Adopting Service Governance : Governing portfolio value for sound corporate citizenship - PDF
- TSO (The Stationery Office)
Adopting Service Governance provides a useful umbrella for a number of frameworks including ITIL®, TOGAF®, COBIT®, ITSM, BSM, Business Analysis, Programme Management, Management of Value, Management of Portfolios and Management of Risk by establishing the top-down governance of an organisation through services.
The purpose of the book is to bring service governance to the attention of boards to encourage the use of ITIL best practice, not just for IT service management but for business service governance
A complementary title to the ITIL suite.
The publication is intended to be a short and readable guide prescribing how a governing body should be adopted by an organization and how to establish the effectiveness of the adoption
This publication shows how the IT service metaphor enables governance. It shows how ITIL, as a fundamental framework, supports service governance. It also includes references to MoR®, MoV®, MSP® and MoP® where appropriate.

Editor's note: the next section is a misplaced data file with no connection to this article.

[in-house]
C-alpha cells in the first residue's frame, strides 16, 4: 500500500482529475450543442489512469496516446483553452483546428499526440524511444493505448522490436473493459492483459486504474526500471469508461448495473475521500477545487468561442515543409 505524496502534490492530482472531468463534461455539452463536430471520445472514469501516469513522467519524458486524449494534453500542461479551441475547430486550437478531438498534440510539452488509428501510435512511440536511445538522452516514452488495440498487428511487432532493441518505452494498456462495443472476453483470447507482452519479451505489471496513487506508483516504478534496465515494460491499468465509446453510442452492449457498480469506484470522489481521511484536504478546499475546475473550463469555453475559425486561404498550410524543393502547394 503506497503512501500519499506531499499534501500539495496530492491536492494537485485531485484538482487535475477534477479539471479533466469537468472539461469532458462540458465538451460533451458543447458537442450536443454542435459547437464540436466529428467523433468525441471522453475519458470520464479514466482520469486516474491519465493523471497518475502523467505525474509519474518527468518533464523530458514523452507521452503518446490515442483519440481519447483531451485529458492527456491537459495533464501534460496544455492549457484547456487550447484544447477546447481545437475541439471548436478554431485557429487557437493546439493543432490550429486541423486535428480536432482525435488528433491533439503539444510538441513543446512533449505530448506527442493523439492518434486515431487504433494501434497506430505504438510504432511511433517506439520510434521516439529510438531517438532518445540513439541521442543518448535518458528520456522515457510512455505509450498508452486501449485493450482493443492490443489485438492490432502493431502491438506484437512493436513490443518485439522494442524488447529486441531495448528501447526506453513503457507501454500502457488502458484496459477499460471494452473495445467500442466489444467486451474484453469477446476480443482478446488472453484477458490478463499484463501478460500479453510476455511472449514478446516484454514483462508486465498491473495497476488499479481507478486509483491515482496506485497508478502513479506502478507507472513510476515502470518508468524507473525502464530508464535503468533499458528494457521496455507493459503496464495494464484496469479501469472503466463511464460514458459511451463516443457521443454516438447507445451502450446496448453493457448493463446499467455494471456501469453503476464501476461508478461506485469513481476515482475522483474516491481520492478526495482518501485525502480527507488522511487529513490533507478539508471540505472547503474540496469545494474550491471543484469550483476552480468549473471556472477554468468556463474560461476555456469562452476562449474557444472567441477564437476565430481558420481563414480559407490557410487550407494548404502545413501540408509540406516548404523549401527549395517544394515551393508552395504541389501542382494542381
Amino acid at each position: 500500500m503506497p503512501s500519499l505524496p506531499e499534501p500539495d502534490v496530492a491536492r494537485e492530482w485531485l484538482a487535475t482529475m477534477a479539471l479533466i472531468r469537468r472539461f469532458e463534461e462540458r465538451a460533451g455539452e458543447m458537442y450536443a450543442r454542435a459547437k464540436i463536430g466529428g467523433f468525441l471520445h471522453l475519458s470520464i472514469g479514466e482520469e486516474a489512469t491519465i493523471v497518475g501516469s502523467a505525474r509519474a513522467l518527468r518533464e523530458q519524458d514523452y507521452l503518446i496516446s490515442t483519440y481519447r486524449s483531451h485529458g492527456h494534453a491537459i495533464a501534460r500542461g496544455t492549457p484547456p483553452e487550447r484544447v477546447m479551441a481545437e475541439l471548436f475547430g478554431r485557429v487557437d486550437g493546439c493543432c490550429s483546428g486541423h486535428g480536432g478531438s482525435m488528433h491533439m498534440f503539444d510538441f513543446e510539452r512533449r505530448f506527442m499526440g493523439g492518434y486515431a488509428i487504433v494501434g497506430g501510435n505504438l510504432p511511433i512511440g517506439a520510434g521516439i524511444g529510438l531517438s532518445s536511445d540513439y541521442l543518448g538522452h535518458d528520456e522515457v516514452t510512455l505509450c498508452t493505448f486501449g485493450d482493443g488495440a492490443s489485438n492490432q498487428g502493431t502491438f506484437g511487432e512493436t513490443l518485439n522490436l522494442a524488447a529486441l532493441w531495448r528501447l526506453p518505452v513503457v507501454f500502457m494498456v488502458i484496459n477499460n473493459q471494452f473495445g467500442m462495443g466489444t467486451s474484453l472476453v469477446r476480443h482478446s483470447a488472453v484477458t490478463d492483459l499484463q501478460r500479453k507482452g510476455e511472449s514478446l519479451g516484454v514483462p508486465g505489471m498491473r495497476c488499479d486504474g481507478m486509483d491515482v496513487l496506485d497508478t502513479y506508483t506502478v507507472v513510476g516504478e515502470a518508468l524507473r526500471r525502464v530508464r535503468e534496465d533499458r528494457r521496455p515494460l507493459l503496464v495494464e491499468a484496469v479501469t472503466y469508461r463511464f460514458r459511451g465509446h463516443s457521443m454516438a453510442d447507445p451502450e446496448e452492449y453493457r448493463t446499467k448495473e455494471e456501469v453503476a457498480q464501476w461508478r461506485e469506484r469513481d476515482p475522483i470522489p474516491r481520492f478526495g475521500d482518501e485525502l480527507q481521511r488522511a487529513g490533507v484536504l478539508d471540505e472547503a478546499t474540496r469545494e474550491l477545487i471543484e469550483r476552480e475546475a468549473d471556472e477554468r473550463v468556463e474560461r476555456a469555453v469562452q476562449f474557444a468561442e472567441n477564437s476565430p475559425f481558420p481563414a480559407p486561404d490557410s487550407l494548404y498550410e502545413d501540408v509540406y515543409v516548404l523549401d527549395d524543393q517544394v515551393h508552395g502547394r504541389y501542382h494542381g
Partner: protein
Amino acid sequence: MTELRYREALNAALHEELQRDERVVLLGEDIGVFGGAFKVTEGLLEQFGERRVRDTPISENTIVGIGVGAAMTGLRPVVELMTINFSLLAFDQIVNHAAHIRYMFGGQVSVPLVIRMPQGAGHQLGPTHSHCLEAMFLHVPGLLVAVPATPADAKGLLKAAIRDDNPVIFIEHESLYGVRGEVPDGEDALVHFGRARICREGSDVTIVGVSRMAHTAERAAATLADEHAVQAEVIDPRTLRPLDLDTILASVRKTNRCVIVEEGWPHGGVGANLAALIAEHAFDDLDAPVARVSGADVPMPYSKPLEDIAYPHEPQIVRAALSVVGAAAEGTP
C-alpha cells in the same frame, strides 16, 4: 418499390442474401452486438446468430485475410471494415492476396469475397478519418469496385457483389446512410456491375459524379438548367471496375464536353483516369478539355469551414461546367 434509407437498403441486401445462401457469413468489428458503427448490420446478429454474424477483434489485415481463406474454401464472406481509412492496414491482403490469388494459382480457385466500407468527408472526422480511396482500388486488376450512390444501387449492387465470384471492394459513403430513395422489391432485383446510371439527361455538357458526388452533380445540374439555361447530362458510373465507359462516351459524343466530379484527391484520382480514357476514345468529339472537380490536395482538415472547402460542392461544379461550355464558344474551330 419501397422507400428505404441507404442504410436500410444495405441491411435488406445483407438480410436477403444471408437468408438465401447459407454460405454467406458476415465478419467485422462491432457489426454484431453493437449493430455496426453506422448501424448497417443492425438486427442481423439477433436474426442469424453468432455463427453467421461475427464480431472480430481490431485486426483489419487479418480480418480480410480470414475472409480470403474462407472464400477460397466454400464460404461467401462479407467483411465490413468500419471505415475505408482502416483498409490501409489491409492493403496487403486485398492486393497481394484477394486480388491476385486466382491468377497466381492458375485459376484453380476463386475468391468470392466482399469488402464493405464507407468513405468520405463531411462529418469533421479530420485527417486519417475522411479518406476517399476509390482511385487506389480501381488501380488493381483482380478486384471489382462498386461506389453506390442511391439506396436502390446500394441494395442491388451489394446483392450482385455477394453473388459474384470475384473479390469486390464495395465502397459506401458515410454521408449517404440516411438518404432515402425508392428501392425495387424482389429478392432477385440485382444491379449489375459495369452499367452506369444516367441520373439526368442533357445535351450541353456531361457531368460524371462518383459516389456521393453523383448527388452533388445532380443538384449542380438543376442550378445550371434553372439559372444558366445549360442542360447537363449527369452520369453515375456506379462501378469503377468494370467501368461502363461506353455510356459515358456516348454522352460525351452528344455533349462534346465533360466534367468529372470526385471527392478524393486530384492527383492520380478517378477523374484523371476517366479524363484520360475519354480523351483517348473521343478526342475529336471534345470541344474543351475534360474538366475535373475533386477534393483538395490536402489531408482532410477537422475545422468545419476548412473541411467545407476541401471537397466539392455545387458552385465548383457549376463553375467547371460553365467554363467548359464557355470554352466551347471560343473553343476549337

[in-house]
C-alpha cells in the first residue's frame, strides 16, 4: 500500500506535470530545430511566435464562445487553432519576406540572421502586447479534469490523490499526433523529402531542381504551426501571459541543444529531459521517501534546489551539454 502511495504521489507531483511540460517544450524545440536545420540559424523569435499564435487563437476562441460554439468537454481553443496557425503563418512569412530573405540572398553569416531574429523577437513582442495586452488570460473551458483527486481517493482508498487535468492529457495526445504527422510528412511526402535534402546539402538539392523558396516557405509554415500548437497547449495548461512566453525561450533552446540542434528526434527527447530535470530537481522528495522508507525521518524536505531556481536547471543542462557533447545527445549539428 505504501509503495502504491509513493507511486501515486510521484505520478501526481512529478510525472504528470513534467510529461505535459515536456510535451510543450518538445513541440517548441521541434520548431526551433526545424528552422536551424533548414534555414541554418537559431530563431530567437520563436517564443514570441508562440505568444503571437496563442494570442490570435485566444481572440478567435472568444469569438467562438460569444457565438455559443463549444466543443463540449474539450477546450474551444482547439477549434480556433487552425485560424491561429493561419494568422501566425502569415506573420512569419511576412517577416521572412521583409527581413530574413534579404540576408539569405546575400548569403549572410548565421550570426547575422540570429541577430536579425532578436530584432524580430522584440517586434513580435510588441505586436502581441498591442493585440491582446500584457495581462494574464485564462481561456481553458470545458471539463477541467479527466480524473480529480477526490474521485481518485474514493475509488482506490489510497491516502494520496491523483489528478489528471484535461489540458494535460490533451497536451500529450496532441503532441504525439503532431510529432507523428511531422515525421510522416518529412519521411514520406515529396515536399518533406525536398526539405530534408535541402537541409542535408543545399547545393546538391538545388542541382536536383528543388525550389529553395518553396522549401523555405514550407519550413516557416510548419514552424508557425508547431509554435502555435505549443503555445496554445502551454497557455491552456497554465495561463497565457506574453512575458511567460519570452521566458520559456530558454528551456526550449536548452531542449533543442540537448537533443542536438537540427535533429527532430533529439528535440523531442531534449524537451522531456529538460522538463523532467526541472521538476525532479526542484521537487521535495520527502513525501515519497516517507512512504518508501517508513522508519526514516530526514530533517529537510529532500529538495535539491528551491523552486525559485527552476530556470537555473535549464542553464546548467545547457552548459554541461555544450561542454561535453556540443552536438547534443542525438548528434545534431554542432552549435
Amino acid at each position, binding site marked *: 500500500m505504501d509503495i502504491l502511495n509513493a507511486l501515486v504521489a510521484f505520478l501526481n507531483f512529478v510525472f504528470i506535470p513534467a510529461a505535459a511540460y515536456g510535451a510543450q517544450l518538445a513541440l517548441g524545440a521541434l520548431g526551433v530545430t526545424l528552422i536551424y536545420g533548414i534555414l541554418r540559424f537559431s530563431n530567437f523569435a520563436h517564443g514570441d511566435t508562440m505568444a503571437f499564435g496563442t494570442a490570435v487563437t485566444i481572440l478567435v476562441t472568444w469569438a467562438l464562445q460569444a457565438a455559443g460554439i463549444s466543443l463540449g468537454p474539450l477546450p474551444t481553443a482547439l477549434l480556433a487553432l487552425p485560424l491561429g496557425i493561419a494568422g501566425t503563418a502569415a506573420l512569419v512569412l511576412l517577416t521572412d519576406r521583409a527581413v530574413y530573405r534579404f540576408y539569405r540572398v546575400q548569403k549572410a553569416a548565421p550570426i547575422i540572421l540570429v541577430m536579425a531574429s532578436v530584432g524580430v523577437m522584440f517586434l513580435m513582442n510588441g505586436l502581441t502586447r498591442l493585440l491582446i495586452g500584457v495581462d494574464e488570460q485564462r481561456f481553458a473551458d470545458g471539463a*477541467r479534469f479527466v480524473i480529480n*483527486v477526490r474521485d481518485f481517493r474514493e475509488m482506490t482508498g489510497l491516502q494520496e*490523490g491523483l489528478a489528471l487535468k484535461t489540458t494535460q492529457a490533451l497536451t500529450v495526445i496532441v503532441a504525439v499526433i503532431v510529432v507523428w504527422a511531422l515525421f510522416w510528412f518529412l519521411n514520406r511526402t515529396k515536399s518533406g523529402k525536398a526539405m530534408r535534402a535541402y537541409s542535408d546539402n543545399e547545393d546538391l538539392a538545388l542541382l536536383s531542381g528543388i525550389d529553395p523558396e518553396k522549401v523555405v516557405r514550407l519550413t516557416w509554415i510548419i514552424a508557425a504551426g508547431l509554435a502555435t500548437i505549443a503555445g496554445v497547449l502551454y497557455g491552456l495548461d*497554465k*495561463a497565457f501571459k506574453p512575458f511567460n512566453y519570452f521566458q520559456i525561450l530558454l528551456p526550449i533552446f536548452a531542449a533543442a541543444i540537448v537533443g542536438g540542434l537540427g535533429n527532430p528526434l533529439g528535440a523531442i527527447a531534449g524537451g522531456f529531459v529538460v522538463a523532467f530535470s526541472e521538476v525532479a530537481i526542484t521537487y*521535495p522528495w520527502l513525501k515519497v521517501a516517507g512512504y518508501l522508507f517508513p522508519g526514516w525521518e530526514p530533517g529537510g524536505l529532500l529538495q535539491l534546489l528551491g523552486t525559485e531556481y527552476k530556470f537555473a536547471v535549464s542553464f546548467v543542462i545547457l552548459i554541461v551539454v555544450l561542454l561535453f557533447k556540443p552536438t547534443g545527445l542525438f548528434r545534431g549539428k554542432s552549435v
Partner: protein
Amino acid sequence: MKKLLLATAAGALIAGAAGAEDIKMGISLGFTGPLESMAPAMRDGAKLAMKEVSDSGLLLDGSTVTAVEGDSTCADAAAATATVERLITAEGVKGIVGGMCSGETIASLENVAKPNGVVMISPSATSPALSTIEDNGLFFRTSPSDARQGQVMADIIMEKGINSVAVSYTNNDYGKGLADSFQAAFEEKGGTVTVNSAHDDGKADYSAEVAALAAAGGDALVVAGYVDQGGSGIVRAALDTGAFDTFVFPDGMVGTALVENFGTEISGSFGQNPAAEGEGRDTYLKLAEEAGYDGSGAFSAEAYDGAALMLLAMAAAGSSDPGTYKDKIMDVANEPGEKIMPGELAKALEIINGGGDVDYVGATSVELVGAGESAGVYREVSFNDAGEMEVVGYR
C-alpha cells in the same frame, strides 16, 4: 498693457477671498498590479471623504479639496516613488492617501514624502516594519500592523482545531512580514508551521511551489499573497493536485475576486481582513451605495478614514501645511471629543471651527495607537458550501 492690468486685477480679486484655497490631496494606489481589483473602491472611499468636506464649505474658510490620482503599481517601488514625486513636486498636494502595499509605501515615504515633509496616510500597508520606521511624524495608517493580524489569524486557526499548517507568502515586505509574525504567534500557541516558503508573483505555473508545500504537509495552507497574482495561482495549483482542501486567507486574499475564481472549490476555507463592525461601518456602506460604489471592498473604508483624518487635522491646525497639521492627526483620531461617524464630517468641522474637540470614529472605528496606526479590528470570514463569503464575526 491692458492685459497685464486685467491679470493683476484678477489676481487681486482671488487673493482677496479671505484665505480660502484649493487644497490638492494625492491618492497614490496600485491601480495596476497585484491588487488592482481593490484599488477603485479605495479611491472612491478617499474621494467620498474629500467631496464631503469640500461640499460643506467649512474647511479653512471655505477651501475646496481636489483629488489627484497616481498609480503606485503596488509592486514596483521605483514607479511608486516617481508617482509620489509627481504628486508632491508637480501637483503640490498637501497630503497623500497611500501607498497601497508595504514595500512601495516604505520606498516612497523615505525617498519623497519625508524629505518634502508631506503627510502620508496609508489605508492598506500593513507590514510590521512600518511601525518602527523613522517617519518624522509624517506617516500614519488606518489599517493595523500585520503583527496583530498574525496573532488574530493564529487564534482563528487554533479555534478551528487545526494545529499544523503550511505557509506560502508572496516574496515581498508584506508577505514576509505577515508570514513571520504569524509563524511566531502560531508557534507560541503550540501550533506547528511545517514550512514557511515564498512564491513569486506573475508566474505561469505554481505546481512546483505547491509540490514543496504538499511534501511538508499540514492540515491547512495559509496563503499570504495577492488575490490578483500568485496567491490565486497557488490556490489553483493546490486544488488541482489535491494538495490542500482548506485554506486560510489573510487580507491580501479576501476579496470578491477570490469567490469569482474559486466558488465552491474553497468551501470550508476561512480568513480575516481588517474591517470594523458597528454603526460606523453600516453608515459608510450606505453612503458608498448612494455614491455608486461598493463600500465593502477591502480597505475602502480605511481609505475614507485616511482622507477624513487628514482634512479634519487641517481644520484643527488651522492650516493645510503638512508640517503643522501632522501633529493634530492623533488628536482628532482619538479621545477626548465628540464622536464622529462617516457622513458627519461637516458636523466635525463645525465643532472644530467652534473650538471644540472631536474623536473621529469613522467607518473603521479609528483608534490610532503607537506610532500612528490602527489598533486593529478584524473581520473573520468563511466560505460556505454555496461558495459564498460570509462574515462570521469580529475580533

The book provided a nice simple definition of Governance, and is a good starter book for IT managers wanting to know more. The books explores a topic that is sorely needed in the world of IT management. I was worried in the beginning that the focus would be too much on 'comply and explain' and support a 'tick in the box' approach characteristic of many Governance initiatives, but the book went on to stress the need to balance between 'performance' and 'Conformance'. The book made a good link between ITIL and governance and a solid business case for 'Service Portfolio Management', explaining how services are the units of value creation and resource usage. The book also highlighted recognised governance issues in the industry, those being 'strategy execution' and 'measurement', topics which also scored low in an ISACA study into COBIT. Strategy is often poorly transitioned into operations, hence, as the book went on to argue, the need for 'service transition' and indeed the service lifecycle.
Although the book did make a case for CSI I would have preferred this to be stronger, something I feel COBIT could also stress more. As mentioned in the book 'Service Governance by nature is iterative' - CSI is, or rather should be, in my mind a core capability, something embedded into the culture.
It is a book for all sizes of organisations, and for those wanting to know more and go deeper there was a good list of associated reading in breakout boxes within the various chapters.
The book also gave some examples in the appendices of mapping services to value. This was just a taster leaving me wanting to know more about how this was done.
Reviewed by: Paul Wilkinson
|Format||Published||03 Sep 2015|